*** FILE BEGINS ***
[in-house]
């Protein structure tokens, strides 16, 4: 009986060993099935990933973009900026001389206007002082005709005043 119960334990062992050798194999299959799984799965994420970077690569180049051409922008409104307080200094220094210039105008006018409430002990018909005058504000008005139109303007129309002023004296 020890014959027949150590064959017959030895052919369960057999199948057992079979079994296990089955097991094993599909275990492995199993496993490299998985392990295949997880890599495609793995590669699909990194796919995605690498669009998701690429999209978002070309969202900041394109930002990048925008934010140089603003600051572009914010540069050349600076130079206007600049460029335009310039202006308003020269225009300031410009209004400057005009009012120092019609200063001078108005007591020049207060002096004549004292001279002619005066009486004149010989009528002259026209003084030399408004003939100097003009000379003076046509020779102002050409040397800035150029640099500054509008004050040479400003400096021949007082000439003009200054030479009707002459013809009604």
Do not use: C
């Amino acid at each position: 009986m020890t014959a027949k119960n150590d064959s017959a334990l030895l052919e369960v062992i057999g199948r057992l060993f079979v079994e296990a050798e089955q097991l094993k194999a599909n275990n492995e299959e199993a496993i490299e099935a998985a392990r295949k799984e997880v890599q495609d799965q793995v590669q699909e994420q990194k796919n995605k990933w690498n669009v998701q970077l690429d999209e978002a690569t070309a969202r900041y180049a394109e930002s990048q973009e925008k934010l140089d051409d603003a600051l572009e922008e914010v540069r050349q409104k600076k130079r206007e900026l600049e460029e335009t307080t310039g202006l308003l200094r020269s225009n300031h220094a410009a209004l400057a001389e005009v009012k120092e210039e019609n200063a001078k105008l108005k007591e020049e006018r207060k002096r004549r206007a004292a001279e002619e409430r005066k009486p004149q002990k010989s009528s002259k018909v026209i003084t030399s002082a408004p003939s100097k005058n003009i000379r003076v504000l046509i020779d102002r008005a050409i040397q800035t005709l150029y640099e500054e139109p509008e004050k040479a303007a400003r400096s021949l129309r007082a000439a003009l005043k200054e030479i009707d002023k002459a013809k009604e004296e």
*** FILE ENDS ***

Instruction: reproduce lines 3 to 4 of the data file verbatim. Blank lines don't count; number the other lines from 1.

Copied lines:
Do not use: C
């Amino acid at each position: 009986m020890t014959a027949k119960n150590d064959s017959a334990l030895l052919e369960v062992i057999g199948r057992l060993f079979v079994e296990a050798e089955q097991l094993k194999a599909n275990n492995e299959e199993a496993i490299e099935a998985a392990r295949k799984e997880v890599q495609d799965q793995v590669q699909e994420q990194k796919n995605k990933w690498n669009v998701q970077l690429d999209e978002a690569t070309a969202r900041y180049a394109e930002s990048q973009e925008k934010l140089d051409d603003a600051l572009e922008e914010v540069r050349q409104k600076k130079r206007e900026l600049e460029e335009t307080t310039g202006l308003l200094r020269s225009n300031h220094a410009a209004l400057a001389e005009v009012k120092e210039e019609n200063a001078k105008l108005k007591e020049e006018r207060k002096r004549r206007a004292a001279e002619e409430r005066k009486p004149q002990k010989s009528s002259k018909v026209i003084t030399s002082a408004p003939s100097k005058n003009i000379r003076v504000l046509i020779d102002r008005a050409i040397q800035t005709l150029y640099e500054e139109p509008e004050k040479a303007a400003r400096s021949l129309r007082a000439a003009l005043k200054e030479i009707d002023k002459a013809k009604e004296e």